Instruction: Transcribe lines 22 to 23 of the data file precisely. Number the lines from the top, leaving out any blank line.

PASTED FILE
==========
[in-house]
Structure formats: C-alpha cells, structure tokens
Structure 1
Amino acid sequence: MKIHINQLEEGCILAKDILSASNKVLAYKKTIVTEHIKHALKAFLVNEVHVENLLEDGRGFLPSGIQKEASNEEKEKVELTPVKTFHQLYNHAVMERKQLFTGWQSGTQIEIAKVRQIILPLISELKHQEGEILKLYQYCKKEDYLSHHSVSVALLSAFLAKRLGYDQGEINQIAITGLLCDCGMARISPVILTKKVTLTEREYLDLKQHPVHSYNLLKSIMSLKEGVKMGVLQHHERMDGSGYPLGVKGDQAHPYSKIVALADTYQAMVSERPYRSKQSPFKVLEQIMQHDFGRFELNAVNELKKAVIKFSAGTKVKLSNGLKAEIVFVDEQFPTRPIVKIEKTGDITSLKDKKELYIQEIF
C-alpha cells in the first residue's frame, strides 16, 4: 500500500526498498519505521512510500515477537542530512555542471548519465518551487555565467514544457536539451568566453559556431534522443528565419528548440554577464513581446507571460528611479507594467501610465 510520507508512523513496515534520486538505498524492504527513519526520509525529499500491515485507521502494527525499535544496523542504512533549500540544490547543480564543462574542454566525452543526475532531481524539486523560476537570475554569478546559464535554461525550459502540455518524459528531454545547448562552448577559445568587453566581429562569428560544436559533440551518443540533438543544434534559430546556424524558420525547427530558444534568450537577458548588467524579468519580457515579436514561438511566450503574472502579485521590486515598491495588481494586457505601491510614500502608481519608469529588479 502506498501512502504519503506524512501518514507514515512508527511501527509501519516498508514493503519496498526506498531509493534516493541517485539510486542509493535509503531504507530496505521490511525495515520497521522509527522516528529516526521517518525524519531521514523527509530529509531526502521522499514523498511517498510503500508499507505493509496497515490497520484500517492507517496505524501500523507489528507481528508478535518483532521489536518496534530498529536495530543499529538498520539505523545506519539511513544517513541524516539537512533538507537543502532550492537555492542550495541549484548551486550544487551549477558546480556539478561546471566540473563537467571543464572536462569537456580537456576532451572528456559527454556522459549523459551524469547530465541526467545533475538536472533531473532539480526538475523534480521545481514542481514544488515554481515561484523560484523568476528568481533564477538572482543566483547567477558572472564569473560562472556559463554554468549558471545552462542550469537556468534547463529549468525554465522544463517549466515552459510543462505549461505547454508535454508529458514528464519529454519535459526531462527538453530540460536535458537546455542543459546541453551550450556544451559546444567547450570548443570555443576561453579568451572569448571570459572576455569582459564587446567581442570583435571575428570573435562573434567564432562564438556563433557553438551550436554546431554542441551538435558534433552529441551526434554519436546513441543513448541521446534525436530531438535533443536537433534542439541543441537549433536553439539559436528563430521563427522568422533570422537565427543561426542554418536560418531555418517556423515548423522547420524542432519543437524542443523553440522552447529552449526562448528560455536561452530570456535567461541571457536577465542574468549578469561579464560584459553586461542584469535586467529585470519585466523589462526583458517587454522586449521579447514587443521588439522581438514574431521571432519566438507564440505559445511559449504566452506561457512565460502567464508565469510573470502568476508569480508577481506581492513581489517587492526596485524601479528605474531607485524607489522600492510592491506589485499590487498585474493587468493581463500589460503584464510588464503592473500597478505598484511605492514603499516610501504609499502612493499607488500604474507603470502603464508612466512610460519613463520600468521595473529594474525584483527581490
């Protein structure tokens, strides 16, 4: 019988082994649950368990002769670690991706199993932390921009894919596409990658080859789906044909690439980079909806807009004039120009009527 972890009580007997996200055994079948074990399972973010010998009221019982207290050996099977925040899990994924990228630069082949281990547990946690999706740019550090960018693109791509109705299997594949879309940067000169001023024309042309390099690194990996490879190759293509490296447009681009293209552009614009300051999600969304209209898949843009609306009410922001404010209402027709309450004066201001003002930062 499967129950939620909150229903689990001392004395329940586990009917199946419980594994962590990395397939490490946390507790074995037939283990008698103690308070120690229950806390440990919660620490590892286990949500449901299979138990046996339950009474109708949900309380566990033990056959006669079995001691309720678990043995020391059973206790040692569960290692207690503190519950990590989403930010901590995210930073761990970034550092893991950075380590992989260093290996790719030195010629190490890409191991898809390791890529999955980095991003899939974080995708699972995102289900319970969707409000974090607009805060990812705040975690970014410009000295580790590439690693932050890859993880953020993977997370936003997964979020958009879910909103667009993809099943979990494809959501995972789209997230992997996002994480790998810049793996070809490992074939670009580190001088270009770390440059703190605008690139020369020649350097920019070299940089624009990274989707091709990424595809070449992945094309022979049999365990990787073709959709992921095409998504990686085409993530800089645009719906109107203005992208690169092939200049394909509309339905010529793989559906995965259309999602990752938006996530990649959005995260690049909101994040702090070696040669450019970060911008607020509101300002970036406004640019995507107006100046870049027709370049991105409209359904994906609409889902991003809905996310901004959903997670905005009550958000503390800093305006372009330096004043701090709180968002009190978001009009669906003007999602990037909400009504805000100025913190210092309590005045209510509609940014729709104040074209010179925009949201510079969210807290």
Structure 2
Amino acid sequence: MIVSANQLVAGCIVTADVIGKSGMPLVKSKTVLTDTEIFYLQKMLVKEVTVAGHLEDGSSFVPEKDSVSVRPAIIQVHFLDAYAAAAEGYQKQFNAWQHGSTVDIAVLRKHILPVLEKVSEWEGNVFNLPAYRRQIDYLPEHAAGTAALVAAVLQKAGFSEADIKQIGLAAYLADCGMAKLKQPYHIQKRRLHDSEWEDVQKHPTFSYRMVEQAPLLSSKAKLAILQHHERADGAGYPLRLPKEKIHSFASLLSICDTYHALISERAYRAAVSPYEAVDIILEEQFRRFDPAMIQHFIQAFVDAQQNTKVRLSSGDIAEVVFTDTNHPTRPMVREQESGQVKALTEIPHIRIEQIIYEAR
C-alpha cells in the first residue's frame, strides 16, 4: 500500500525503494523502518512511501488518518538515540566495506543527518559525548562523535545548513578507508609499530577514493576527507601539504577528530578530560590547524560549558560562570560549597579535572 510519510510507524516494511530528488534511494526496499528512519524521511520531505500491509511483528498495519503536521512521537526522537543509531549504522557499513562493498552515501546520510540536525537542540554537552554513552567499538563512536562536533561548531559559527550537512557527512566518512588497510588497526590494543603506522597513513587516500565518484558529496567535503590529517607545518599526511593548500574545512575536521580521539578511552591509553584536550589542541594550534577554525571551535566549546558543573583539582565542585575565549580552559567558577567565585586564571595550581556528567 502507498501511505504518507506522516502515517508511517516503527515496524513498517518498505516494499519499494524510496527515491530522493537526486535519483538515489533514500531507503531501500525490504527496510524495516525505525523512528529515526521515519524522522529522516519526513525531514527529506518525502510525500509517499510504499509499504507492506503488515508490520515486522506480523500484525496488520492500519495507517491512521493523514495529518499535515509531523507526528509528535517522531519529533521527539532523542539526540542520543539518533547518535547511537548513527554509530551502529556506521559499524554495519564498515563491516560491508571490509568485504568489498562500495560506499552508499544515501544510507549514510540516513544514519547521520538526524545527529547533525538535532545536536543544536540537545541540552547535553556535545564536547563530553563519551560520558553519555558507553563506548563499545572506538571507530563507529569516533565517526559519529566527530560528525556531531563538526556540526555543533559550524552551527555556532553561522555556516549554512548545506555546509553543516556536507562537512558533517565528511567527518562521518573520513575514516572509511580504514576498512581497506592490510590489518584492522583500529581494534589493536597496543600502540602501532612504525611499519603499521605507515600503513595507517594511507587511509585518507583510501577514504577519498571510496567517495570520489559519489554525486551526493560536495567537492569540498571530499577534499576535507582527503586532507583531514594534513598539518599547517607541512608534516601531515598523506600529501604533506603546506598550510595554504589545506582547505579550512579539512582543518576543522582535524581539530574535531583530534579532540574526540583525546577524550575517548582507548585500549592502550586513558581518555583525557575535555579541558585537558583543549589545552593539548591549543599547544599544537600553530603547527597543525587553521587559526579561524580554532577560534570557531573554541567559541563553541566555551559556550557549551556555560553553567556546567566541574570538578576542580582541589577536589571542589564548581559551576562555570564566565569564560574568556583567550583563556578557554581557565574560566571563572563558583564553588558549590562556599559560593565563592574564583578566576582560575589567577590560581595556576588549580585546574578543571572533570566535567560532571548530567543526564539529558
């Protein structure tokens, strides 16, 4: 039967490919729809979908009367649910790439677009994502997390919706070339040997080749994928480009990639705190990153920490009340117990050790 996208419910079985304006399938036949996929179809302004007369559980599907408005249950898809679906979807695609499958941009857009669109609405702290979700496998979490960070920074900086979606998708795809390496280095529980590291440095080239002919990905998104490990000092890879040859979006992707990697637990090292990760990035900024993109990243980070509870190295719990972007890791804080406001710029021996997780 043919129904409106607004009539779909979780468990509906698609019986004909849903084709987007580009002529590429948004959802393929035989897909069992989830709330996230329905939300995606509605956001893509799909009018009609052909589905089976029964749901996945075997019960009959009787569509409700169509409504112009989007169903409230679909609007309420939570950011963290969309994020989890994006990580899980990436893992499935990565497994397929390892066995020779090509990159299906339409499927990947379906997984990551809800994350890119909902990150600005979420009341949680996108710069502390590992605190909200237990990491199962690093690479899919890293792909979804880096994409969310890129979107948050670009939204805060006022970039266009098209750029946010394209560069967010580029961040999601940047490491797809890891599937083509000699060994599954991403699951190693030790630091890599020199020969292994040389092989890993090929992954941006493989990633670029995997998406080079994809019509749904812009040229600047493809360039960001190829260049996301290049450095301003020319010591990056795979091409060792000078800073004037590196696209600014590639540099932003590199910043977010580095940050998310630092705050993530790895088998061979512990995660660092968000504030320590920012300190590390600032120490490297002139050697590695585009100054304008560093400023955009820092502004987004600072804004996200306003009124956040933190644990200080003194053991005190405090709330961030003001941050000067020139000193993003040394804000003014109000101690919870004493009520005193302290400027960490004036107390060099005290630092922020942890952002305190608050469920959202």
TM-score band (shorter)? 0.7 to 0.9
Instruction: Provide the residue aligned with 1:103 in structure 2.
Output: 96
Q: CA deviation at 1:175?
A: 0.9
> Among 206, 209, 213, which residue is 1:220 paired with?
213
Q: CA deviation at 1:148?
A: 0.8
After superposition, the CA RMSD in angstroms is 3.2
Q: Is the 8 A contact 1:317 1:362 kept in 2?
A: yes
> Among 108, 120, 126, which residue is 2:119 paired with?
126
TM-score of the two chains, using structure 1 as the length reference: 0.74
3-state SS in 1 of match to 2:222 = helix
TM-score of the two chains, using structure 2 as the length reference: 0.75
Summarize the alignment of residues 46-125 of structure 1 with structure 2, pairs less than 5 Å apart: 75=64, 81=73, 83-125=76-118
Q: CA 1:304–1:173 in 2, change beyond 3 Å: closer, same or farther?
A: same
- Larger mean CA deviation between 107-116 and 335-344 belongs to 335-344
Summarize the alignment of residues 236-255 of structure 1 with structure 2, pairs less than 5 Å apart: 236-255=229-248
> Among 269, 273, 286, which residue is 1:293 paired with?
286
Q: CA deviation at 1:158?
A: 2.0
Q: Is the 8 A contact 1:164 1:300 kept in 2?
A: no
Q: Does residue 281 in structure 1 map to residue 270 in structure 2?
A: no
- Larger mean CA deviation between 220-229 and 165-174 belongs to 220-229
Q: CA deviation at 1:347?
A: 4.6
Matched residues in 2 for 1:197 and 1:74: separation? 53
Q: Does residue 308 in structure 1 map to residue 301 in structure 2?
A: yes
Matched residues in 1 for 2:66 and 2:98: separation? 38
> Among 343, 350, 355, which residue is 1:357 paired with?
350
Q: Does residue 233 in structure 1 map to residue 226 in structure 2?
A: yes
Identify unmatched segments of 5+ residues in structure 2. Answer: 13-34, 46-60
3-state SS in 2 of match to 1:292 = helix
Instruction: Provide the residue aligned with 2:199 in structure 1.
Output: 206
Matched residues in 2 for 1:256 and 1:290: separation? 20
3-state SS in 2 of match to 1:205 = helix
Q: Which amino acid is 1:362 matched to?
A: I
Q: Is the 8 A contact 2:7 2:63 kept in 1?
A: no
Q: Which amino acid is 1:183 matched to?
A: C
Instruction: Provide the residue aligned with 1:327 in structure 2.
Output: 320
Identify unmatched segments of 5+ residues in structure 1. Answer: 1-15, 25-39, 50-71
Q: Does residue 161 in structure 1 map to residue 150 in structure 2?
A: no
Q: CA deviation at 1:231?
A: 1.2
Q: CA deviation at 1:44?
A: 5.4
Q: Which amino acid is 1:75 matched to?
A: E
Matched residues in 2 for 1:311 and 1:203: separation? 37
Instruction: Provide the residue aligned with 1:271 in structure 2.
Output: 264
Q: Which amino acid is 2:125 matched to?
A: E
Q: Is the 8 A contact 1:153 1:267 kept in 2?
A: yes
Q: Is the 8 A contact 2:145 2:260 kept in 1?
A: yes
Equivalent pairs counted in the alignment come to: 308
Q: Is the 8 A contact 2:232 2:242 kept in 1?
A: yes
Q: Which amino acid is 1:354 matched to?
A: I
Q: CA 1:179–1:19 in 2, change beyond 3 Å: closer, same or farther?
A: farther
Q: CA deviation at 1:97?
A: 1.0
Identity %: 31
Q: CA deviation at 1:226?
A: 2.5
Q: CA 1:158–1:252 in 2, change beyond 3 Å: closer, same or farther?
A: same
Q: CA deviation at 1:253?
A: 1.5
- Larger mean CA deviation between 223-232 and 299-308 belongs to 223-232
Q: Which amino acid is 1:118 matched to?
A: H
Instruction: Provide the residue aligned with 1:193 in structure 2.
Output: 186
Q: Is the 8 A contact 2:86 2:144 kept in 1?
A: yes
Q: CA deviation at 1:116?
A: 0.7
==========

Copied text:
A: yes
> Among 108, 120, 126, which residue is 2:119 paired with?